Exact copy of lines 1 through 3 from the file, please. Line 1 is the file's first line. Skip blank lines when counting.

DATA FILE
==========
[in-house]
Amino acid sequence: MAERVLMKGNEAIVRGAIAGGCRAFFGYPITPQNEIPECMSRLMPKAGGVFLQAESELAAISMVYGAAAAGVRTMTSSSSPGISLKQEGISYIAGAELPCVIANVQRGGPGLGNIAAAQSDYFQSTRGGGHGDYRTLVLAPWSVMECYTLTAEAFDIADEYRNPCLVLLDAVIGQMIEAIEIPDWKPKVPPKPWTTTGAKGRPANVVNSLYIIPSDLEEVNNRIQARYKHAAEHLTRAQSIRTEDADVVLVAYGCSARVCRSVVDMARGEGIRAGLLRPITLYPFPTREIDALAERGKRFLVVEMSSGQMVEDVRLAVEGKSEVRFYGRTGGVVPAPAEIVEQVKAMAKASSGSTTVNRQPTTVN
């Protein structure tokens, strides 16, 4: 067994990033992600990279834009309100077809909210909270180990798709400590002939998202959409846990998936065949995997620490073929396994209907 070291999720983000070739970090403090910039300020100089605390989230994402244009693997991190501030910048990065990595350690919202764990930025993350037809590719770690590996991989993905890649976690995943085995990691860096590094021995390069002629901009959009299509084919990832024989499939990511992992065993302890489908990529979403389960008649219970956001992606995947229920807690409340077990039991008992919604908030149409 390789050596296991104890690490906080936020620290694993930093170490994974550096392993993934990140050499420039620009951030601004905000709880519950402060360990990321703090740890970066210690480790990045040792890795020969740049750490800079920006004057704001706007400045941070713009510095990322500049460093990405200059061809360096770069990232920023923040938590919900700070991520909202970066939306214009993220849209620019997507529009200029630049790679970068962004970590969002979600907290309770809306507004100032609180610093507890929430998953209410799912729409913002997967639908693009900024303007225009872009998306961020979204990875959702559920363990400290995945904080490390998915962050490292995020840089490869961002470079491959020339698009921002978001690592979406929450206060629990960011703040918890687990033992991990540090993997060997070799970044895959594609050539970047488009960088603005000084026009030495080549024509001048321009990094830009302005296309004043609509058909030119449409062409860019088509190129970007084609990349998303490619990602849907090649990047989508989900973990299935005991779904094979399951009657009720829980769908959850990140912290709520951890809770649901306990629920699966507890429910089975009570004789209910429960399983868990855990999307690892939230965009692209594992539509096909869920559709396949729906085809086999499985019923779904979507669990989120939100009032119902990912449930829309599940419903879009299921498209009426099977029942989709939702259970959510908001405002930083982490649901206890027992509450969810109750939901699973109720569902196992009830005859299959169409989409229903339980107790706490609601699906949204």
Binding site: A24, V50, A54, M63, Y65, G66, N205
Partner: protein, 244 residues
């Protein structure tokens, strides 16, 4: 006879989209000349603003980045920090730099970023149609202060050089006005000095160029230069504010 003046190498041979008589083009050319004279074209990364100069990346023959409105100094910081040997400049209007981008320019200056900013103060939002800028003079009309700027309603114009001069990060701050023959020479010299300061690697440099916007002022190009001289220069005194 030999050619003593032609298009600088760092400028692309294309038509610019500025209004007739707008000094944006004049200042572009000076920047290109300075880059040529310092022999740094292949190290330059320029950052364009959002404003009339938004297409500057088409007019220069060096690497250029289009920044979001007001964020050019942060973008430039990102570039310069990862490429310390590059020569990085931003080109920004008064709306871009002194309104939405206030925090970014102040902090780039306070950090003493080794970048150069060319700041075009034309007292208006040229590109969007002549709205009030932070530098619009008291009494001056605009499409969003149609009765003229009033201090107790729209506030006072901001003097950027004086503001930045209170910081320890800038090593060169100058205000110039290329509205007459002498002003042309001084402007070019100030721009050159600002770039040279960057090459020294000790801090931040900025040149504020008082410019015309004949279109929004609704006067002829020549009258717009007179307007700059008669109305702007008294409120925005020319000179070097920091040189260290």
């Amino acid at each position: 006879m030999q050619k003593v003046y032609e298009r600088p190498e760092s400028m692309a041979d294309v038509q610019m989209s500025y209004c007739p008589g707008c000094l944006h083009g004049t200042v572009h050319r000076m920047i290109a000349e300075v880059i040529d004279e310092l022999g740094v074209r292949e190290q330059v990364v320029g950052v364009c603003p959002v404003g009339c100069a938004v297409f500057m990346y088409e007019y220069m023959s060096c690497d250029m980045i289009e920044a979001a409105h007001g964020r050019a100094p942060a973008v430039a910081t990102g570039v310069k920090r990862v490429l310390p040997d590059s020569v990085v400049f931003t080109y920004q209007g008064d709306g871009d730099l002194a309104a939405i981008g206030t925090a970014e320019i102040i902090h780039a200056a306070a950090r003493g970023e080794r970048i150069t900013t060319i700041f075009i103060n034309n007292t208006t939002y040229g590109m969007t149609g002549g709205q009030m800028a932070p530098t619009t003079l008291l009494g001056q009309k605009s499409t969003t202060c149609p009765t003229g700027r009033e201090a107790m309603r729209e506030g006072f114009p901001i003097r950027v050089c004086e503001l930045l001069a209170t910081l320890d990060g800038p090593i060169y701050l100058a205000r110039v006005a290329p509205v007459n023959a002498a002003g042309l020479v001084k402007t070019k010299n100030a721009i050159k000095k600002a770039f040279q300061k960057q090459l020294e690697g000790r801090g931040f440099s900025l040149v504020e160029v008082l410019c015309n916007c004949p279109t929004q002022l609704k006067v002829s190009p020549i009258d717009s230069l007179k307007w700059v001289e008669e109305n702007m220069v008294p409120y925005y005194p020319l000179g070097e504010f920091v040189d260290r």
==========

[in-house]
Amino acid sequence: MAERVLMKGNEAIVRGAIAGGCRAFFGYPITPQNEIPECMSRLMPKAGGVFLQAESELAAISMVYGAAAAGVRTMTSSSSPGISLKQEGISYIAGAELPCVIANVQRGGPGLGNIAAAQSDYFQSTRGGGHGDYRTLVLAPWSVMECYTLTAEAFDIADEYRNPCLVLLDAVIGQMIEAIEIPDWKPKVPPKPWTTTGAKGRPANVVNSLYIIPSDLEEVNNRIQARYKHAAEHLTRAQSIRTEDADVVLVAYGCSARVCRSVVDMARGEGIRAGLLRPITLYPFPTREIDALAERGKRFLVVEMSSGQMVEDVRLAVEGKSEVRFYGRTGGVVPAPAEIVEQVKAMAKASSGSTTVNRQPTTVN
């Protein structure tokens, strides 16, 4: 067994990033992600990279834009309100077809909210909270180990798709400590002939998202959409846990998936065949995997620490073929396994209907 070291999720983000070739970090403090910039300020100089605390989230994402244009693997991190501030910048990065990595350690919202764990930025993350037809590719770690590996991989993905890649976690995943085995990691860096590094021995390069002629901009959009299509084919990832024989499939990511992992065993302890489908990529979403389960008649219970956001992606995947229920807690409340077990039991008992919604908030149409 390789050596296991104890690490906080936020620290694993930093170490994974550096392993993934990140050499420039620009951030601004905000709880519950402060360990990321703090740890970066210690480790990045040792890795020969740049750490800079920006004057704001706007400045941070713009510095990322500049460093990405200059061809360096770069990232920023923040938590919900700070991520909202970066939306214009993220849209620019997507529009200029630049790679970068962004970590969002979600907290309770809306507004100032609180610093507890929430998953209410799912729409913002997967639908693009900024303007225009872009998306961020979204990875959702559920363990400290995945904080490390998915962050490292995020840089490869961002470079491959020339698009921002978001690592979406929450206060629990960011703040918890687990033992991990540090993997060997070799970044895959594609050539970047488009960088603005000084026009030495080549024509001048321009990094830009302005296309004043609509058909030119449409062409860019088509190129970007084609990349998303490619990602849907090649990047989508989900973990299935005991779904094979399951009657009720829980769908959850990140912290709520951890809770649901306990629920699966507890429910089975009570004789209910429960399983868990855990999307690892939230965009692209594992539509096909869920559709396949729906085809086999499985019923779904979507669990989120939100009032119902990912449930829309599940419903879009299921498209009426099977029942989709939702259970959510908001405002930083982490649901206890027992509450969810109750939901699973109720569902196992009830005859299959169409989409229903339980107790706490609601699906949204």